Man, does this come across as a staged play. That's not all bad. The set is complicated but functional and, like most stage sets, looks highly "lived in." Yes, we can believe the Dead End Kids built a fire in an ash can and roasted some stolen potatoes on the ends of sticks. At least on this tiny dock we can. Act One: The characters are introduced. A handful of rough, coarse kids who steal, lie, hate the cops, sneer at the rich kid, dive off the dock into the East River where they all catch Chinese liver flukes and die, scar each other's cheeks with "da mock of da squealah" when somebody rats on somebody else, wear beanies, break windows, smash furniture, and help old ladies across the street. Then there is Sylvia Sydney as a striking factory worker, trying to make ends meet while supporting the younger brother who is one of the gang. There is Joel MacRea as an unemployed architect sprung from the loins of these tenements. Humphrey Bogart shortly appears, but he's more properly part of Act II. He's "Baby Face Martin," a brutal gangster ("seven guys -- you could be da eighth"), who's returned to his origins for a look at the old joint and to meet his Ma and his girl friend Francey, neither of whom he's seen in ten years while on the lam. Bogart is barely out of his Duke Mantee phase. This time he carries only one elbow cocked, instead of both. Well, Ma isn't particularly glad to see him. Ma (Marjorie Main) slaps his face and says, "Yew dirty dog, yewww," in what must be the most mannered performance of the year, or maybe the whole decade. "I killed a guy for lookin' at me da way you're lookin' at me now," Baby Face tells his Mom angrily. Francey, his ex-girl, turns out to be a whore and tries to bum a couple more dollars off him. Bogart loses first his illusions and then his life in a shoot out with MacRea. End of Act II. Act III is, let's say, anticlimactic, what with Bogie gone and all. The last act should wrap up any loose ends but there really aren't any to wrap up except that one of the Boys has impulsively cut a judge's brother and the victim, while understanding, feels it best for the kid to be sent to a reform school where (so believes the judge's brother) he might be taught a trade and make an honest living. Will it happen? Not a chance. Half the gang have already been in and out of the same reform school. As the half-grown knife wielder is led away by the cops, one of the gang counsels him to look up Smokey, he'll take care of ya. What a lot of anger in this screenplay (Sidney Kingsley and Lillian Hellman). The identified enemy, however, is not the rich, who are portrayed as no more than indifferent and naive, but not stupid or cruel. And the tenement dwellers and their kids are hardly saints. The Dead End Kids exit at the end singing brightly, "If I Had the Wings of an Angel," after one of their members is hauled off to the slams. Nope, the evildoer here is not an individual, not even a social class. It's the system itself. The system is never identified by name, but "capitalism" would be a good guess. This was the 1930s and the Great Depression was considered one of capitalism's more brutal manifestations by the socially engaged. I wonder what Kingsley and Hellman would have to say about the current proposal to eliminate the estate tax? Those bumps you just felt were from the writers rolling over a bit in their graves.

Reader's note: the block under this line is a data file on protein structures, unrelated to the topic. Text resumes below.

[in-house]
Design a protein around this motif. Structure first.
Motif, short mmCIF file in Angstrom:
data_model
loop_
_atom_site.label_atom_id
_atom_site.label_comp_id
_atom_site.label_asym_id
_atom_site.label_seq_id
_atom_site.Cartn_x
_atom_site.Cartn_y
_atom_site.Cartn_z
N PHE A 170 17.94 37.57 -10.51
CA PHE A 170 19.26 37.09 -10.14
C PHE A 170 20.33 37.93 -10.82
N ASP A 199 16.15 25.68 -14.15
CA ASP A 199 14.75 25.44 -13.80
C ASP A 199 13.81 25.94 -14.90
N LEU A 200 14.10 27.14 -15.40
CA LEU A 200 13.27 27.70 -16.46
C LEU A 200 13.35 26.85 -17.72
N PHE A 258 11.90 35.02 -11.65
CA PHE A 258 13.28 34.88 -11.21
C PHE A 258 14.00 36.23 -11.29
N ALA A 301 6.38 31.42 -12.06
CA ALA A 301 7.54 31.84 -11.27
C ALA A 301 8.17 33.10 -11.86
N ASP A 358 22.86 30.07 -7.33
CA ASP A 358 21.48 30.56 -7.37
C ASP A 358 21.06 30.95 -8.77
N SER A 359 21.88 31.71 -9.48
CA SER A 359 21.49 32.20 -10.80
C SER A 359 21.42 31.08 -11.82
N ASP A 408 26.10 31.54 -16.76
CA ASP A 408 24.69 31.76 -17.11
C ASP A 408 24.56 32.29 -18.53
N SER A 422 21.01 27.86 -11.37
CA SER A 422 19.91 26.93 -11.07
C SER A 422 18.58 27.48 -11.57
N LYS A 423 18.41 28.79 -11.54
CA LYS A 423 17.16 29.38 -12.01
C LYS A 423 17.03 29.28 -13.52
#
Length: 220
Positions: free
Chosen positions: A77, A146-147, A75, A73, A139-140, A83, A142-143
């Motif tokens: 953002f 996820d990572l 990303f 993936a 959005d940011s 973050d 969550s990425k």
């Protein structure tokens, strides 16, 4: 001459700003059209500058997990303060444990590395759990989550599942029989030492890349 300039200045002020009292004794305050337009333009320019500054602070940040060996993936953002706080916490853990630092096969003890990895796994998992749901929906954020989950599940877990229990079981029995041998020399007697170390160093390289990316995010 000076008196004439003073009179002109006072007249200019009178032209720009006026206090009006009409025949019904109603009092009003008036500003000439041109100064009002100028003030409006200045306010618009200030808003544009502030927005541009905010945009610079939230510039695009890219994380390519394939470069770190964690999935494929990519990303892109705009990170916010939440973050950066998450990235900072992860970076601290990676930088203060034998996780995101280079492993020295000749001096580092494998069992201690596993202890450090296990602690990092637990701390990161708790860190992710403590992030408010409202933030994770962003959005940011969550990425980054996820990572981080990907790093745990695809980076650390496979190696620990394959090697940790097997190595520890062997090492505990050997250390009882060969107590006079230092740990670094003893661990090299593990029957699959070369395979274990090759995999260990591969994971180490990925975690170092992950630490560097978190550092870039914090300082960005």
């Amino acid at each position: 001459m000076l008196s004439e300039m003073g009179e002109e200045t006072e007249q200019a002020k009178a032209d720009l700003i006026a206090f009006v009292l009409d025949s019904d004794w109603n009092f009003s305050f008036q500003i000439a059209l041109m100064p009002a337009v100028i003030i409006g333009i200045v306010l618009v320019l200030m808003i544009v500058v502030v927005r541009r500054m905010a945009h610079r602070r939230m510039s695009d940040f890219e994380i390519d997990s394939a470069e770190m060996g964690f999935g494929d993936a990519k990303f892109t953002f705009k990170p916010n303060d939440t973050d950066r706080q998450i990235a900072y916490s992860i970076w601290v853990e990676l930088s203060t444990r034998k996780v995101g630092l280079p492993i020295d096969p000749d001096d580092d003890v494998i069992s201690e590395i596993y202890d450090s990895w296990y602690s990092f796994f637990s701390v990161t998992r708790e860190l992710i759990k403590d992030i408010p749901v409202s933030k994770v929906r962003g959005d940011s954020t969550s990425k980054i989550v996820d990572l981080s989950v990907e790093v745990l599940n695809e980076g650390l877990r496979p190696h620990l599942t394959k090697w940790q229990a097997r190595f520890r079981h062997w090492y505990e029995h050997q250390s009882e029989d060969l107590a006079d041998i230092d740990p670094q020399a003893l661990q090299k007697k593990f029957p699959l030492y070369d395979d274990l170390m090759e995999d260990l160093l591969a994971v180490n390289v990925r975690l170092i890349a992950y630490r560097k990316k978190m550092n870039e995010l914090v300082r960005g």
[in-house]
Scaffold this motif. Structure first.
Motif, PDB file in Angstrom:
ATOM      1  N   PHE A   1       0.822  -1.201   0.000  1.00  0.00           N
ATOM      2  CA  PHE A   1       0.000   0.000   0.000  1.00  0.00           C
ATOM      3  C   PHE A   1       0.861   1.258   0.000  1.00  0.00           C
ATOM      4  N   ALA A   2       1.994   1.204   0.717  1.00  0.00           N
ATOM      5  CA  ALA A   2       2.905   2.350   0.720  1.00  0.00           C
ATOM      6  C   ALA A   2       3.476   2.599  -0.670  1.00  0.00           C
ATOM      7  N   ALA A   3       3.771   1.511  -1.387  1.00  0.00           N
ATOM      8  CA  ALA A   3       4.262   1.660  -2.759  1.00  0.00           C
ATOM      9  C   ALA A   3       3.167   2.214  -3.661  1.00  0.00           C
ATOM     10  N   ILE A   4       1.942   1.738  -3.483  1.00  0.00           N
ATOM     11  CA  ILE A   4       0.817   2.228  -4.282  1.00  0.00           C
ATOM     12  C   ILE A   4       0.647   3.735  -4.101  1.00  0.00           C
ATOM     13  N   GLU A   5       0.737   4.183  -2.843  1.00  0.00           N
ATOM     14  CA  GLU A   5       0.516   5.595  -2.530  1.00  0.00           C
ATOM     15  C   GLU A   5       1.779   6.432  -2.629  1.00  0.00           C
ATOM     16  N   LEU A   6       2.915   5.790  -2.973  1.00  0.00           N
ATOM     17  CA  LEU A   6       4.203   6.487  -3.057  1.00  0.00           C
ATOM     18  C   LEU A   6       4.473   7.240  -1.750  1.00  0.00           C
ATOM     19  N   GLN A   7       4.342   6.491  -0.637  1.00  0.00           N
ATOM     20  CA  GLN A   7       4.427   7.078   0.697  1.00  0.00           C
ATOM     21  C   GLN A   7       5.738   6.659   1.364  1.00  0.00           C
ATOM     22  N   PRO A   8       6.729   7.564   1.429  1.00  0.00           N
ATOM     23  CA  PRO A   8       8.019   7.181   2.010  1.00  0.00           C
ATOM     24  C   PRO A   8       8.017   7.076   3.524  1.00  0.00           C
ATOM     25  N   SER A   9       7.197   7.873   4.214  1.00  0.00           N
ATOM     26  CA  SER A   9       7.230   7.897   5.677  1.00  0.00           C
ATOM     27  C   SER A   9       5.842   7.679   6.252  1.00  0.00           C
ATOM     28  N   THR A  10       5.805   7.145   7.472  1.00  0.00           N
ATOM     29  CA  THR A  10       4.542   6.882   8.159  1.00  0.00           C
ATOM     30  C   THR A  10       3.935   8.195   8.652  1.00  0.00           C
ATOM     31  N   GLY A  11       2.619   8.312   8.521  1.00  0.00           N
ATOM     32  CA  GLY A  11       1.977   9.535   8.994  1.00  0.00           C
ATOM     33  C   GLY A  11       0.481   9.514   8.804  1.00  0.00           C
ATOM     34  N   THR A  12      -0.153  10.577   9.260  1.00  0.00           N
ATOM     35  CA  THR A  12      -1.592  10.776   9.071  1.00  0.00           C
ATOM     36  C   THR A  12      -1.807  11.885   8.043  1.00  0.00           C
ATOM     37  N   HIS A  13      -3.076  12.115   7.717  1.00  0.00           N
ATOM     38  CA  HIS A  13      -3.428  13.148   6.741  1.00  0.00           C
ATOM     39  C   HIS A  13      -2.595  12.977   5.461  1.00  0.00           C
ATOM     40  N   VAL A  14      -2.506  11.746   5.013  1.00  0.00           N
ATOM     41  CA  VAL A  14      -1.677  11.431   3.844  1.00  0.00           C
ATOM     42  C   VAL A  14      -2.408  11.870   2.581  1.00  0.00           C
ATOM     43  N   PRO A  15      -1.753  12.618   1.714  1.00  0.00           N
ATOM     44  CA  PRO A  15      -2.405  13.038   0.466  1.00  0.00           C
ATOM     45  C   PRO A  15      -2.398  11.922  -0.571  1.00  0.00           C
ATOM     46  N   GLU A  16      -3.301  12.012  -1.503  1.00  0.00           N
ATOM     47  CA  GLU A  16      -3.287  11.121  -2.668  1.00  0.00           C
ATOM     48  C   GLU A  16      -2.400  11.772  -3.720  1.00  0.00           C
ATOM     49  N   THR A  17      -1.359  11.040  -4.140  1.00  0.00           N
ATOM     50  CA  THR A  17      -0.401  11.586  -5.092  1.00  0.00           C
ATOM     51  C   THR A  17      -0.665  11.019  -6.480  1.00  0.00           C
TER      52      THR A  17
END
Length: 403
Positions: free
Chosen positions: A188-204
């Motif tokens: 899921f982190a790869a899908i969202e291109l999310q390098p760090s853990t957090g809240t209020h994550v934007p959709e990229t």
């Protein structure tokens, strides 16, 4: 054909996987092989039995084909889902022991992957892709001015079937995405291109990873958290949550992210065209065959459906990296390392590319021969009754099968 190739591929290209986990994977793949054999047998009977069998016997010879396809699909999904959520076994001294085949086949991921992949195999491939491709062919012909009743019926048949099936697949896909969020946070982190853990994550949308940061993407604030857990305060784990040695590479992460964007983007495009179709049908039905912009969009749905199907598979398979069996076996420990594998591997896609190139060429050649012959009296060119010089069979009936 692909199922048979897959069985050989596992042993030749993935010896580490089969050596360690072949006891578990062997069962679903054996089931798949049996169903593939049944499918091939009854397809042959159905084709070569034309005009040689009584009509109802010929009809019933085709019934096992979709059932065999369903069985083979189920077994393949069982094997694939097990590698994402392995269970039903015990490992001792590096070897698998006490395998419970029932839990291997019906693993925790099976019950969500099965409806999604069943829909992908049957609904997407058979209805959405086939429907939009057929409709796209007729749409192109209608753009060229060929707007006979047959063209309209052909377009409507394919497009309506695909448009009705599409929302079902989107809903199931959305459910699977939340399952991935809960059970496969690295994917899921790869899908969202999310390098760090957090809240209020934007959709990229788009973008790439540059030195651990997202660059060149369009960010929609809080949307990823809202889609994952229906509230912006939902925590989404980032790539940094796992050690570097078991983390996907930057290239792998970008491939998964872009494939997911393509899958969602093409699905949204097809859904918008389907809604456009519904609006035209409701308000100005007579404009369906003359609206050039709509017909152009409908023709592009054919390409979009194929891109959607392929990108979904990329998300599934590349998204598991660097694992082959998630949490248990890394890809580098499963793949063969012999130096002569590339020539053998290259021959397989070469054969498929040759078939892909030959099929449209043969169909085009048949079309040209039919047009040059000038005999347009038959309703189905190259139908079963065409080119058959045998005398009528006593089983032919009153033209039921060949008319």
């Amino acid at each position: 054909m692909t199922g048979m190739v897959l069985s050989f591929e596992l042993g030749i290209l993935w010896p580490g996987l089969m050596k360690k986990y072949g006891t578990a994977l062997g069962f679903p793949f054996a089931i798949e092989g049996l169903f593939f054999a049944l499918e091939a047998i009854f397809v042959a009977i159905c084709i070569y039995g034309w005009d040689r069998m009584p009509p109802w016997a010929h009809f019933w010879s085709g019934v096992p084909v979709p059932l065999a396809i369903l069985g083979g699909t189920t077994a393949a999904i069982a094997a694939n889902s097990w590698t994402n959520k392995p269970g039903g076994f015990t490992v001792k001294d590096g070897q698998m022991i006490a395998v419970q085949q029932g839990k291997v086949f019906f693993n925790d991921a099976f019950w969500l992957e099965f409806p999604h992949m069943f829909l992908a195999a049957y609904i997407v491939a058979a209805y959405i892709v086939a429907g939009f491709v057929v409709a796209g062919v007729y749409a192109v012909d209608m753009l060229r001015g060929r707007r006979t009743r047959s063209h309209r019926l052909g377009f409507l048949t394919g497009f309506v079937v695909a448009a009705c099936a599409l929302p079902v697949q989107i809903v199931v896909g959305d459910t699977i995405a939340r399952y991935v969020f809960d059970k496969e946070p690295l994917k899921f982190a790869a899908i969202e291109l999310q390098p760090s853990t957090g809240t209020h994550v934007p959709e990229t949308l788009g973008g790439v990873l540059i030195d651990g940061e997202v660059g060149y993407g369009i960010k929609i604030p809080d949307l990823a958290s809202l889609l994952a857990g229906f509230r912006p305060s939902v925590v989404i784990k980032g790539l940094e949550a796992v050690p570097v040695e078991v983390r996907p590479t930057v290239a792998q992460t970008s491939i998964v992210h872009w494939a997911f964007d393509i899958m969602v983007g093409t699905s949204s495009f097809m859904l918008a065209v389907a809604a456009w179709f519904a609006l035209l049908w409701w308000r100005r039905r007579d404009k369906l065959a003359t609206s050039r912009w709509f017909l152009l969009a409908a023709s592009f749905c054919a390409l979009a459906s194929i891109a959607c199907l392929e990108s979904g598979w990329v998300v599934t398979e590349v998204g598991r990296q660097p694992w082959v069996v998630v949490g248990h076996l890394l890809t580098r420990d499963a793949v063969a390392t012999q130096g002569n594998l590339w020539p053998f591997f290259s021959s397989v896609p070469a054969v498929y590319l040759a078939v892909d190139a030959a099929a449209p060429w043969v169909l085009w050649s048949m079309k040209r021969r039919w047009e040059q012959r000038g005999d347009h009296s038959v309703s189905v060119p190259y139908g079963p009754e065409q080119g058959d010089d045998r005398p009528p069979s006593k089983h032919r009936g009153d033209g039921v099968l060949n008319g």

Crime / Drama / Film-Noir
Crime / Drama / Film-Noir
The lives of a young man and woman, an infamous gangster and a group of street kids converge one day in a volatile New York City slum.
August 4, 2020